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Design Museum

Digital Capacities and Capabilities

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Writing up a paper of soughts, certainly a monologue, on how elearning is adopted in an FE/HE college I find myself looking to adjust the descriptors 'maps, taps and chaps', Google it and end up back here - at my own blog. I get what I need and more because this is not the first time at all that I have reflected upon how elearning as an innovation has been and is being adopted. 

I'll share what I have written in due course as it is the culmination of a year in the frontline and is the product of my multiple interests.

Over the weekend I realised that the greatest guide in my life has been Mr.Ben. I like to wear different hats. There are days where I will don several different hats consecutively: historian, sailor, walker, cook. 

Across the 14 episodes of the 1970s children's animated series, Mr Benn dressed up as: 'Red Knight'; 'Hunter'; 'Cook'; 'Caveman'; 'Balloonist'; 'Zoo Keeper'; 'Frogman'; 'Wizard'; 'Cowboy'; 'Clown'; 'Magic Carpet'; 'Spaceman'; 'Pirate'; and 'Gladiator'.

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Design Museum

Google Hangouts, Oculus Go and Adobe Premier Pro

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Jack of all trades and master of none? 

Adobe Premier Pro

Chasing up skills on different platforms and as I nudge each a little forward I find I can be a long way behind. It is one thing to shoot video, and to stretch behind a basic camera or smartphone to use a Digital SLR, but then cutting in Adobe Premier Pro has considerably more functionality than I am used to. Mastering this looks like learning to crochet while on a monocycle on a tightrope. This is from someone who was brought up on video and had a career working in teams of cameramen and soundengineers, and editors, with specialists for titles, graphics and sound. Now, at this level, you have to do it all yourself and deliver to what we used to call a 'broadcast' standard.

Oculus Go

Having got the kit and having watched several YouTube how to videos I am slowly getting my head around it.  Has it educational value? I rather think the entertainment value is greater - though shutting yourself away to watch a homecinema experience film is even less social than dozing on the sofa with crisps and a hotchocolate. I am hoping that the 360 Human Anatonmy 'cast' to a large screen will have value in an anatomy class.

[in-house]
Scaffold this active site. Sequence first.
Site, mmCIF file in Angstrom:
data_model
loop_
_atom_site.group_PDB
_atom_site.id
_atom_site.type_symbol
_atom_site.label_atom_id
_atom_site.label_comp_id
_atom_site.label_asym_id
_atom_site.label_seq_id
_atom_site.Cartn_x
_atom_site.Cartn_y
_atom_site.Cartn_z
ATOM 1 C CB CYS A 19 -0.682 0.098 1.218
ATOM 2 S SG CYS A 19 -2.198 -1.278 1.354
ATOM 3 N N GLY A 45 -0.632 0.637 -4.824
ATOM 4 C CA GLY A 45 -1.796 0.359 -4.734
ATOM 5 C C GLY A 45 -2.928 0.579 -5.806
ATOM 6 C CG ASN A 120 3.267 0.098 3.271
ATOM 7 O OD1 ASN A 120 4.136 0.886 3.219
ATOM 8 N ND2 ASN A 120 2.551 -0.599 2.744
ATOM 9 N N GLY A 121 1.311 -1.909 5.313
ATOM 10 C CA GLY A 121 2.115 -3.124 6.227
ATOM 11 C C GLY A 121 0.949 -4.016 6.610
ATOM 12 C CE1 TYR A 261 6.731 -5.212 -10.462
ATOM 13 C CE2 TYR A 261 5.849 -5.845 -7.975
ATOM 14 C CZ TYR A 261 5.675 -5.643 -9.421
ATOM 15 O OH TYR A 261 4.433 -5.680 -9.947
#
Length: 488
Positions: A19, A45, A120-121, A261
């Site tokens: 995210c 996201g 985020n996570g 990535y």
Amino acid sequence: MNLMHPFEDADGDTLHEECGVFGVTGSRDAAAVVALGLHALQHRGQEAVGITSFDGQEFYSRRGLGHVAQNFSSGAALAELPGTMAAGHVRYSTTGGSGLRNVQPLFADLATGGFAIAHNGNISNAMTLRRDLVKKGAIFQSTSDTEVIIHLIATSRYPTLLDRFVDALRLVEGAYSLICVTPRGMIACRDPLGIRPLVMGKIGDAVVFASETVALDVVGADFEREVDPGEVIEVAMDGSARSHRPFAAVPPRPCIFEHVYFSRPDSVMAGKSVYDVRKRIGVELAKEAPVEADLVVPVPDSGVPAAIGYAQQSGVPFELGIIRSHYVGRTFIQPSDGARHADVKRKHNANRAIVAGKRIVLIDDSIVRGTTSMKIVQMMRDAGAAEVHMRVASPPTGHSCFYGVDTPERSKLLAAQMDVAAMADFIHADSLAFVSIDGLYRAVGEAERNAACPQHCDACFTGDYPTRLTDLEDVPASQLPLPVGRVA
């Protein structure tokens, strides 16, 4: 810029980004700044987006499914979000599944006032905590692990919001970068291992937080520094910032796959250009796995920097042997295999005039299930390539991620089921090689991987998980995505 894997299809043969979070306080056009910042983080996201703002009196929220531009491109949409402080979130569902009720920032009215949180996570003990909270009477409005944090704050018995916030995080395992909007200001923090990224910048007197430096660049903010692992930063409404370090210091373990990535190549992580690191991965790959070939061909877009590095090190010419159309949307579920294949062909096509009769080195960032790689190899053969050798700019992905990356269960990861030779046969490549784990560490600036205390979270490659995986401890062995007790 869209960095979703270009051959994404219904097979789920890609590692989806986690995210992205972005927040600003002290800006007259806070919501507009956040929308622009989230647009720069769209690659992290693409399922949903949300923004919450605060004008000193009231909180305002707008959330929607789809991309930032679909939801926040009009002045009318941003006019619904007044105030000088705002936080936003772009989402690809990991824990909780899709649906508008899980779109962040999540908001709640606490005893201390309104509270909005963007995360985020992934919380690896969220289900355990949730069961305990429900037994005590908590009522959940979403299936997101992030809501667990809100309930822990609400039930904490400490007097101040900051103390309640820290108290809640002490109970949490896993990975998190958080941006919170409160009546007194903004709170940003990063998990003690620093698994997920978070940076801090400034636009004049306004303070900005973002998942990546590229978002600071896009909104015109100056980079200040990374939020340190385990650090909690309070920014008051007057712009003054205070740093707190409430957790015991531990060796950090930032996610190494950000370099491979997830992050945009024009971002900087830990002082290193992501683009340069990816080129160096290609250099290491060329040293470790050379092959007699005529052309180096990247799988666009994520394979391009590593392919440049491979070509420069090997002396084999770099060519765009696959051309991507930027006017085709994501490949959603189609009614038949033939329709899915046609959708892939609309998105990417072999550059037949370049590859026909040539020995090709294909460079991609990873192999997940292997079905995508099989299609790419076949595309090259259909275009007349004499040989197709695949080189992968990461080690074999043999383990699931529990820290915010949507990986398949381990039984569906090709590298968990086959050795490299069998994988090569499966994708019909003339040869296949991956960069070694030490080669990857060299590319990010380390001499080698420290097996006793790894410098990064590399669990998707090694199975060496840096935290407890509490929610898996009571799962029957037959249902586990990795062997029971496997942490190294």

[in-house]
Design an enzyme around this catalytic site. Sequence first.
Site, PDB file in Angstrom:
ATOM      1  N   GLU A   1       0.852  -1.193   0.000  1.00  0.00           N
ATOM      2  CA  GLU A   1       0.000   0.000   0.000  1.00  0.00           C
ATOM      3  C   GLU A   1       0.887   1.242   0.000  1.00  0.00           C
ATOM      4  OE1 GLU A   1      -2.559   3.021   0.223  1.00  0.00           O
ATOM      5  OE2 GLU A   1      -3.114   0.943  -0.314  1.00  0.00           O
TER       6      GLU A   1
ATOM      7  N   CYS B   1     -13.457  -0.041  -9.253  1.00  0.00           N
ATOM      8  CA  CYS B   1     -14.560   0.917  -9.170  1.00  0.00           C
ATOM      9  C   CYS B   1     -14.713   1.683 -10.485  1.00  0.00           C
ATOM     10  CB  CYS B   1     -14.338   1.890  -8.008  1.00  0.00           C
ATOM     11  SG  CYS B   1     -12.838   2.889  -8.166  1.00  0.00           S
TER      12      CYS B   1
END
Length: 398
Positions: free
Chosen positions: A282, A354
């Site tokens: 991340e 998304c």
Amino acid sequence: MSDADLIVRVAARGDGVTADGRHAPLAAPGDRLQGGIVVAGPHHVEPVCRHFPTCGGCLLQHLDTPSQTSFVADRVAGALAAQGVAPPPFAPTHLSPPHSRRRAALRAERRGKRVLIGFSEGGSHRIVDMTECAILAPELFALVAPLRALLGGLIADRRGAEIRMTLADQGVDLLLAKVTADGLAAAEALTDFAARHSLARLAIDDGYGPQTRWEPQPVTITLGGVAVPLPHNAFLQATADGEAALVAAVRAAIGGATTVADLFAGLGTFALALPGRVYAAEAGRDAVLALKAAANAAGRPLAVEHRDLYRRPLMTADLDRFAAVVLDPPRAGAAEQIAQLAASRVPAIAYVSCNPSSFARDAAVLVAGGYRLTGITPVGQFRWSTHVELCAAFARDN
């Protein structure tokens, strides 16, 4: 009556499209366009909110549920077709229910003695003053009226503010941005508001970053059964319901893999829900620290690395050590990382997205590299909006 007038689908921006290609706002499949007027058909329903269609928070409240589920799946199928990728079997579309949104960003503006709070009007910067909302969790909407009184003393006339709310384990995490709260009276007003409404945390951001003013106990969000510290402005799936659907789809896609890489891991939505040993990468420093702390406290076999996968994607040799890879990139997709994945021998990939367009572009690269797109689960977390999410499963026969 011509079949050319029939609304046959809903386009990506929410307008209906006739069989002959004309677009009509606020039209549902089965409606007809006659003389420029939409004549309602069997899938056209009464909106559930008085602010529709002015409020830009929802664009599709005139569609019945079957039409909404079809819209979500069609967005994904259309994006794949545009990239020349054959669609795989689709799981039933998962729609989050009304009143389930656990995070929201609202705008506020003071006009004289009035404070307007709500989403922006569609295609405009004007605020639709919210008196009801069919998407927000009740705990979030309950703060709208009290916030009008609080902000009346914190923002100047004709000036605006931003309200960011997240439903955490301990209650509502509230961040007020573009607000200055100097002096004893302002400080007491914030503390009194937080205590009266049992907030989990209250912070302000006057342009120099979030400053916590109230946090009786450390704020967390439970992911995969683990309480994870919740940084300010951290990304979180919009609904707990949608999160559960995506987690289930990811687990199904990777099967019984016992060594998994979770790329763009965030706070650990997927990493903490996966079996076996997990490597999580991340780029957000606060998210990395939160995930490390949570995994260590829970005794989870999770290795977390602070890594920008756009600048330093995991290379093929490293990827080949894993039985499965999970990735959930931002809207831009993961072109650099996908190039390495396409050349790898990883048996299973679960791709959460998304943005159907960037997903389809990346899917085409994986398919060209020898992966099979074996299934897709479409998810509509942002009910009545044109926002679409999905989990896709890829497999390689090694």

Google Hangouts

We use them. They are straight forward. Can I get it down to single A4 page poster? I could, or did. I produced an 8 minute screencast which I hope I get deliver in under 4 minutes.

Nothing that an MAODE could have prepared me for. But what do you expect if join the Army via Staff College and then opt to get in on the front line. Next up a PGCE?




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Design Museum

London Aquatics Centre for three days

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Three days, with a 7.15 am poolside start each day with some 20+ swimmers from our club Mid-Sussex Marlins. 'Working' poolside rather than just visiting as a tourist or even a spectator meant I experienced something of the buzz around competitive swimming.

8 Sessions, 7 to 20 swimmers in each. Every stroke and every distance, from 1500m Freestyle to 50m sprints. Quite a tasks to coral the swimmers onto a patch of the poolside which all the London clubs mark out with beach chairs. I had just the one. It was easy to get squeezed.

The 2 hours between warm up and a swim had many swimmers setting off for trips around the Olympic Park with their parents and then doing a poolside warm up before their race - not ideal.

Work on their underwater phase is paying off, with great distances. Often they are the last to surface and do so ahead of the pack.

All of this tied in with an Institute of Swimming 'Certification' which I have been completing on the ePortfolio 'Pebblepad' that I was first introduced to here in 2010 as part of the MAODE - it has changed considerably. It is a sophisticated, detailed Workbook with multiple test sheets and 'evidence' to be submitted - often via the App 'Pebblepocket' so that a video or audio clip, or photos can be uploaded easily. The downside is the volume of material that is easily generated and the need for both a mentor/supervisor rather than simply an assessor looking over my work.


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Design Museum

So riled by Brexit that I am now actively engaged in Politics

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Edited by Jonathan Vernon, Wednesday, 17 Apr 2019, 07:14

 IMAGE TO ADD - Remind me!



First I joined a Party, then I was selected to be a Town Councillor candidate and now I am up to be an MEP.